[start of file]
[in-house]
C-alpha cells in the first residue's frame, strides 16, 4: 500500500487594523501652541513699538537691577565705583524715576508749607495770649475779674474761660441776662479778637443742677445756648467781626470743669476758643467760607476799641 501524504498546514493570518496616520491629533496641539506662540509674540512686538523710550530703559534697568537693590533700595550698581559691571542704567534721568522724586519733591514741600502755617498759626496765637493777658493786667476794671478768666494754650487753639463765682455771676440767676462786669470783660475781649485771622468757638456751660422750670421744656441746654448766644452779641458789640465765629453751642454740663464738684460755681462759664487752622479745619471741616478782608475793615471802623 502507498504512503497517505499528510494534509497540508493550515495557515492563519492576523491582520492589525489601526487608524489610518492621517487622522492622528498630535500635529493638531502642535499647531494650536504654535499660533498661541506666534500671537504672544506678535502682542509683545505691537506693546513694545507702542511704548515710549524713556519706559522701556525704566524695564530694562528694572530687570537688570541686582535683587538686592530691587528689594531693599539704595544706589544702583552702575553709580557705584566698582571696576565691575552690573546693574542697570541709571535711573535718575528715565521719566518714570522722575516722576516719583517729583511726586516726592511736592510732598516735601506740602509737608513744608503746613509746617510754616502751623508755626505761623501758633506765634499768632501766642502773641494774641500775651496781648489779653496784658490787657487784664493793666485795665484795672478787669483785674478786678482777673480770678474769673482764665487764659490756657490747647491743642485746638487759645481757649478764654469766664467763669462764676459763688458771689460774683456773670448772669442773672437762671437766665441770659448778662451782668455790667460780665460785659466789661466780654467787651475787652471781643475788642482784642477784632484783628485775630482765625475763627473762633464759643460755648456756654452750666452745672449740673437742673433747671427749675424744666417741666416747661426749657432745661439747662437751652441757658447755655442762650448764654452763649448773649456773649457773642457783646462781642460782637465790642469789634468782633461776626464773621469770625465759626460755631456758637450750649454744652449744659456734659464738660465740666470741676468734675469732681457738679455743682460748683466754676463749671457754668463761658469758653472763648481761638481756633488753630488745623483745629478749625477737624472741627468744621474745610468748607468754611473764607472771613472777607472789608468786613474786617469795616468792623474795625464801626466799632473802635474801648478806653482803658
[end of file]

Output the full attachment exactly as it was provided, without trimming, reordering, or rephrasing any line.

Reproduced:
[in-house]
C-alpha cells in the first residue's frame, strides 16, 4: 500500500487594523501652541513699538537691577565705583524715576508749607495770649475779674474761660441776662479778637443742677445756648467781626470743669476758643467760607476799641 501524504498546514493570518496616520491629533496641539506662540509674540512686538523710550530703559534697568537693590533700595550698581559691571542704567534721568522724586519733591514741600502755617498759626496765637493777658493786667476794671478768666494754650487753639463765682455771676440767676462786669470783660475781649485771622468757638456751660422750670421744656441746654448766644452779641458789640465765629453751642454740663464738684460755681462759664487752622479745619471741616478782608475793615471802623 502507498504512503497517505499528510494534509497540508493550515495557515492563519492576523491582520492589525489601526487608524489610518492621517487622522492622528498630535500635529493638531502642535499647531494650536504654535499660533498661541506666534500671537504672544506678535502682542509683545505691537506693546513694545507702542511704548515710549524713556519706559522701556525704566524695564530694562528694572530687570537688570541686582535683587538686592530691587528689594531693599539704595544706589544702583552702575553709580557705584566698582571696576565691575552690573546693574542697570541709571535711573535718575528715565521719566518714570522722575516722576516719583517729583511726586516726592511736592510732598516735601506740602509737608513744608503746613509746617510754616502751623508755626505761623501758633506765634499768632501766642502773641494774641500775651496781648489779653496784658490787657487784664493793666485795665484795672478787669483785674478786678482777673480770678474769673482764665487764659490756657490747647491743642485746638487759645481757649478764654469766664467763669462764676459763688458771689460774683456773670448772669442773672437762671437766665441770659448778662451782668455790667460780665460785659466789661466780654467787651475787652471781643475788642482784642477784632484783628485775630482765625475763627473762633464759643460755648456756654452750666452745672449740673437742673433747671427749675424744666417741666416747661426749657432745661439747662437751652441757658447755655442762650448764654452763649448773649456773649457773642457783646462781642460782637465790642469789634468782633461776626464773621469770625465759626460755631456758637450750649454744652449744659456734659464738660465740666470741676468734675469732681457738679455743682460748683466754676463749671457754668463761658469758653472763648481761638481756633488753630488745623483745629478749625477737624472741627468744621474745610468748607468754611473764607472771613472777607472789608468786613474786617469795616468792623474795625464801626466799632473802635474801648478806653482803658